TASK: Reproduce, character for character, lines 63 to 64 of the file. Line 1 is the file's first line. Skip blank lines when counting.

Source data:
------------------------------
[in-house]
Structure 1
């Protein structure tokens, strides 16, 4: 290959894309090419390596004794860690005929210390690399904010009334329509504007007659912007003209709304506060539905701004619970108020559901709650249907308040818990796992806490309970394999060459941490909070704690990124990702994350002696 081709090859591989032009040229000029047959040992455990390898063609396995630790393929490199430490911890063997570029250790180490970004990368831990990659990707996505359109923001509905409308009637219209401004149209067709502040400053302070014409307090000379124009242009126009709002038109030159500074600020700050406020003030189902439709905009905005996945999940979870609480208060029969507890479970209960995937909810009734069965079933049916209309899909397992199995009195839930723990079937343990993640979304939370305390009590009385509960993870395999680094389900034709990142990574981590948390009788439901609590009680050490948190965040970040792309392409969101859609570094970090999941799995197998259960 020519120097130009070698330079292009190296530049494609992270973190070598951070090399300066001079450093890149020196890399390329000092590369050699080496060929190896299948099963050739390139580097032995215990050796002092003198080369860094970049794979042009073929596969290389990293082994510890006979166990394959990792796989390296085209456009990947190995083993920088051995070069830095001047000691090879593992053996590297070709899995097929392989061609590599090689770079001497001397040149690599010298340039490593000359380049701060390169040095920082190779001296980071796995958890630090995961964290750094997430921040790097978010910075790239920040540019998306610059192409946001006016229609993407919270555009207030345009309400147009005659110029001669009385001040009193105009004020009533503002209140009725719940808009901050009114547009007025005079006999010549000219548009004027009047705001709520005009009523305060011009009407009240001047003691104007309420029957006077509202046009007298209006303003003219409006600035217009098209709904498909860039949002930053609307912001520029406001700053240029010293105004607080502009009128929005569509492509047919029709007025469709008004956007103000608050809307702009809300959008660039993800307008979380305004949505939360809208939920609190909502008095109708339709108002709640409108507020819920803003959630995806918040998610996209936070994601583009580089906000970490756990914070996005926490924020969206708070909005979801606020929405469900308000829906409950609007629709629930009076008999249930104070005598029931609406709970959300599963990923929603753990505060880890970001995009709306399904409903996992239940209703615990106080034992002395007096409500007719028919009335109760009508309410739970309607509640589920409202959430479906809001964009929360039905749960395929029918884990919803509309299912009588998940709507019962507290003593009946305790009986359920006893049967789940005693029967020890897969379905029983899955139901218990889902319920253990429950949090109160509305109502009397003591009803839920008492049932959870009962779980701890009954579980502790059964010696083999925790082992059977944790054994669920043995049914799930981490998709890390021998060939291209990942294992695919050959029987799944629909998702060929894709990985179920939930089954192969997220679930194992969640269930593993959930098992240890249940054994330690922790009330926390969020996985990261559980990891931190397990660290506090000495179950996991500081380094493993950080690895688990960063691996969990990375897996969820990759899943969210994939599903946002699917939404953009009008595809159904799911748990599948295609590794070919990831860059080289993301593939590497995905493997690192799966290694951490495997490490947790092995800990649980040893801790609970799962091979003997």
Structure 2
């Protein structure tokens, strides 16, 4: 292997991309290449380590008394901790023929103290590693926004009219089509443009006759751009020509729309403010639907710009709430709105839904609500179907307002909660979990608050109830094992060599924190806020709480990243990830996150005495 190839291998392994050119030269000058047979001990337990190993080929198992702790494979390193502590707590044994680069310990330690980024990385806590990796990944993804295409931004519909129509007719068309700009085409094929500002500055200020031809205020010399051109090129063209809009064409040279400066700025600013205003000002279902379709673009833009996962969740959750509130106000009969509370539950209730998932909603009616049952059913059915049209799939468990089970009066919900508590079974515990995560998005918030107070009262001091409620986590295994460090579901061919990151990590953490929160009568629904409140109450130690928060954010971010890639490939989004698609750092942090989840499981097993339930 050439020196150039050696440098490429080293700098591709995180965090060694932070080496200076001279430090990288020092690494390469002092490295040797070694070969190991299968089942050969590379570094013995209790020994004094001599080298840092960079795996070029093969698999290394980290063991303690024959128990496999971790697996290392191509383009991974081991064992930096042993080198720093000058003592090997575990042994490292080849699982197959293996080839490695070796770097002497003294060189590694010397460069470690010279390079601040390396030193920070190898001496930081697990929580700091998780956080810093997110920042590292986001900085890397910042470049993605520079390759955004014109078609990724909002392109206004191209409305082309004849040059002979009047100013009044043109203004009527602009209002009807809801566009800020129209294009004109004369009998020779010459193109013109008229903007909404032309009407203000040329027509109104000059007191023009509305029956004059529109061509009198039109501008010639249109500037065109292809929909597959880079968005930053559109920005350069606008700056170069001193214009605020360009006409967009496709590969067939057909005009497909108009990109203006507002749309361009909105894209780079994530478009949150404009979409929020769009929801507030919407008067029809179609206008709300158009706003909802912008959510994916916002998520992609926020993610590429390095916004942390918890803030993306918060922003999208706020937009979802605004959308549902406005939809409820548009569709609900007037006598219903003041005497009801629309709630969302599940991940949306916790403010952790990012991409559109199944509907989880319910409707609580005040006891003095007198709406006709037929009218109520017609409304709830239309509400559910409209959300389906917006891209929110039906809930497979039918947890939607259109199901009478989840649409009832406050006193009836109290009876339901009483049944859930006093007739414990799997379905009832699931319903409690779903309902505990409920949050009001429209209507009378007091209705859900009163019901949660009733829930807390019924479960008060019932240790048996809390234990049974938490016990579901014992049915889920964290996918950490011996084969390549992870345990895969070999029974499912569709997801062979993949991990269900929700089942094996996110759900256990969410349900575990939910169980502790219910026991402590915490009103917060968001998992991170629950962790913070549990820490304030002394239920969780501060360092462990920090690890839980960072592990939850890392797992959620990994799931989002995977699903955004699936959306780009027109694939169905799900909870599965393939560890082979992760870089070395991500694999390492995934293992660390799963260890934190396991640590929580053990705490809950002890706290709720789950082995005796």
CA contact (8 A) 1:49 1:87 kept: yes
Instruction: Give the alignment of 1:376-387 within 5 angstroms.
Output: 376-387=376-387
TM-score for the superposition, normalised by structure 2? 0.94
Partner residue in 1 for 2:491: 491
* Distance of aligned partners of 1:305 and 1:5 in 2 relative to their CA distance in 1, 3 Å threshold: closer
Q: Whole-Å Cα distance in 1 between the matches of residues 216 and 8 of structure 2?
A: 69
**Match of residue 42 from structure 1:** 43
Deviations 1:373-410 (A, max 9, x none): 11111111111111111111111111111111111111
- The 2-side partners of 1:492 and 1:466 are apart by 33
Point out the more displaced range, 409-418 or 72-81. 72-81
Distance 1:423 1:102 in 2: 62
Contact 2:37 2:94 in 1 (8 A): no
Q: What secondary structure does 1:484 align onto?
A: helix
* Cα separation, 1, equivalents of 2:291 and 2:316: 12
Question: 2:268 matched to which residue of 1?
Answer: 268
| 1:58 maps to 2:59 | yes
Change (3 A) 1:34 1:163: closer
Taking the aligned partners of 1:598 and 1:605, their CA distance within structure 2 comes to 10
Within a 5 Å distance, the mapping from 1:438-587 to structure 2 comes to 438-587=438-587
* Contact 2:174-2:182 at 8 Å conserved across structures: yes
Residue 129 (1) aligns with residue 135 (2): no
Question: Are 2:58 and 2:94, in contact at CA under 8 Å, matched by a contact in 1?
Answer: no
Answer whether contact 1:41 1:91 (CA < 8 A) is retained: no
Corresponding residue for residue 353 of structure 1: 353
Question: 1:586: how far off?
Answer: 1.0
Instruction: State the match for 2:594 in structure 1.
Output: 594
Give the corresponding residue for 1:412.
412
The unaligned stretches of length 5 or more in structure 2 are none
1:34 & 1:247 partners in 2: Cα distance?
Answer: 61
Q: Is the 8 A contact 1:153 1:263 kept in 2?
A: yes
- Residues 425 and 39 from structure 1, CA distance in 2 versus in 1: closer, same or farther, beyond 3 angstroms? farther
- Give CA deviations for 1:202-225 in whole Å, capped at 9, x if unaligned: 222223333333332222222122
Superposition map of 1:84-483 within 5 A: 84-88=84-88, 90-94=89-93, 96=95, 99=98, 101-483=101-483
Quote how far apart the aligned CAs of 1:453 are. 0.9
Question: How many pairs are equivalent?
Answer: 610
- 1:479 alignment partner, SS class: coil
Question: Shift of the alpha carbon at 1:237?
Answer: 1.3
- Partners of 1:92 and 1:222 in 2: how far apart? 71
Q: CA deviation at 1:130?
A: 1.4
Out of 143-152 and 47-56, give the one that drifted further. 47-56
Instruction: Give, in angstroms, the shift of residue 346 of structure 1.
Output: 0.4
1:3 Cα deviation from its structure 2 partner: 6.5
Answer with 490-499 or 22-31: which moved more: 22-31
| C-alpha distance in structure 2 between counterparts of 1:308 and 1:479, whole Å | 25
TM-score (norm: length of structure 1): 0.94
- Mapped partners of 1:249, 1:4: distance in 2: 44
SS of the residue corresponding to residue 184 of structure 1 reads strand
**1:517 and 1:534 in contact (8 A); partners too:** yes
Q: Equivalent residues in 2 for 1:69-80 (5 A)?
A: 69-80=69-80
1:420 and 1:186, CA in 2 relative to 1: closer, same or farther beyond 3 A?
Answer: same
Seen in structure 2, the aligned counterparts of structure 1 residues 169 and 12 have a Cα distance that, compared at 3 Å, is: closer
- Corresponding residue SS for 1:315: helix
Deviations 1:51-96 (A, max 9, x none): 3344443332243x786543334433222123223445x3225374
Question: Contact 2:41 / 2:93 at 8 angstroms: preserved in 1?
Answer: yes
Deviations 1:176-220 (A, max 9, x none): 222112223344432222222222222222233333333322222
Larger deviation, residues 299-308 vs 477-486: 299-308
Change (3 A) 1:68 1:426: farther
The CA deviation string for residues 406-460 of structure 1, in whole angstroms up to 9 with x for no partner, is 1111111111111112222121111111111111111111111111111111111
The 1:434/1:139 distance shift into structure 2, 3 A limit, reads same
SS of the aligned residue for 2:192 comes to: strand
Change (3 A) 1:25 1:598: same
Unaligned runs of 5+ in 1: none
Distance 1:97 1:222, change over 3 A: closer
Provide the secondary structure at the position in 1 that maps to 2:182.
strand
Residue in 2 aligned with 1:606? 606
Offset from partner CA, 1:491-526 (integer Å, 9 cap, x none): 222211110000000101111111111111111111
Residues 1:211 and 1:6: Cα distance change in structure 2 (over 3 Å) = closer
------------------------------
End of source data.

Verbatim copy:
| C-alpha distance in structure 2 between counterparts of 1:308 and 1:479, whole Å | 25
TM-score (norm: length of structure 1): 0.94